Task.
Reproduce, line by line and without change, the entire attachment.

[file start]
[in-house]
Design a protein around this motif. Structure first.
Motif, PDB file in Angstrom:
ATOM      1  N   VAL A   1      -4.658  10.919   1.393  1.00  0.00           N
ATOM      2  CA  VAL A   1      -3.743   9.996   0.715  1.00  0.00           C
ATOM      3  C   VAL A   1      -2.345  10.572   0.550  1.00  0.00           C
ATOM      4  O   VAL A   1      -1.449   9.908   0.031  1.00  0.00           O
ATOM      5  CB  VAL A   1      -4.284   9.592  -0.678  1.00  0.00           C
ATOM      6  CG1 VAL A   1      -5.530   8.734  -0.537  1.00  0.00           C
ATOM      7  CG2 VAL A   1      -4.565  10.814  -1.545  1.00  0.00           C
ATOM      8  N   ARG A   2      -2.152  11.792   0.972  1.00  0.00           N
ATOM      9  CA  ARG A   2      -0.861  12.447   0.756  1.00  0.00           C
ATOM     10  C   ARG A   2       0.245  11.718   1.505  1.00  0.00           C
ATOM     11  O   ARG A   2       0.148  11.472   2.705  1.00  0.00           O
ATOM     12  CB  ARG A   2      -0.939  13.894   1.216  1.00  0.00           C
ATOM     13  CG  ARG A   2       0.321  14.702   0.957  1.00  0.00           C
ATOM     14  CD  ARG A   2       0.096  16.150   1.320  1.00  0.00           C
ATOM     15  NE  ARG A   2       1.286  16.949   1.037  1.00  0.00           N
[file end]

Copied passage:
[in-house]
Design a protein around this motif. Structure first.
Motif, PDB file in Angstrom:
ATOM      1  N   VAL A   1      -4.658  10.919   1.393  1.00  0.00           N
ATOM      2  CA  VAL A   1      -3.743   9.996   0.715  1.00  0.00           C
ATOM      3  C   VAL A   1      -2.345  10.572   0.550  1.00  0.00           C
ATOM      4  O   VAL A   1      -1.449   9.908   0.031  1.00  0.00           O
ATOM      5  CB  VAL A   1      -4.284   9.592  -0.678  1.00  0.00           C
ATOM      6  CG1 VAL A   1      -5.530   8.734  -0.537  1.00  0.00           C
ATOM      7  CG2 VAL A   1      -4.565  10.814  -1.545  1.00  0.00           C
ATOM      8  N   ARG A   2      -2.152  11.792   0.972  1.00  0.00           N
ATOM      9  CA  ARG A   2      -0.861  12.447   0.756  1.00  0.00           C
ATOM     10  C   ARG A   2       0.245  11.718   1.505  1.00  0.00           C
ATOM     11  O   ARG A   2       0.148  11.472   2.705  1.00  0.00           O
ATOM     12  CB  ARG A   2      -0.939  13.894   1.216  1.00  0.00           C
ATOM     13  CG  ARG A   2       0.321  14.702   0.957  1.00  0.00           C
ATOM     14  CD  ARG A   2       0.096  16.150   1.320  1.00  0.00           C
ATOM     15  NE  ARG A   2       1.286  16.949   1.037  1.00  0.00           N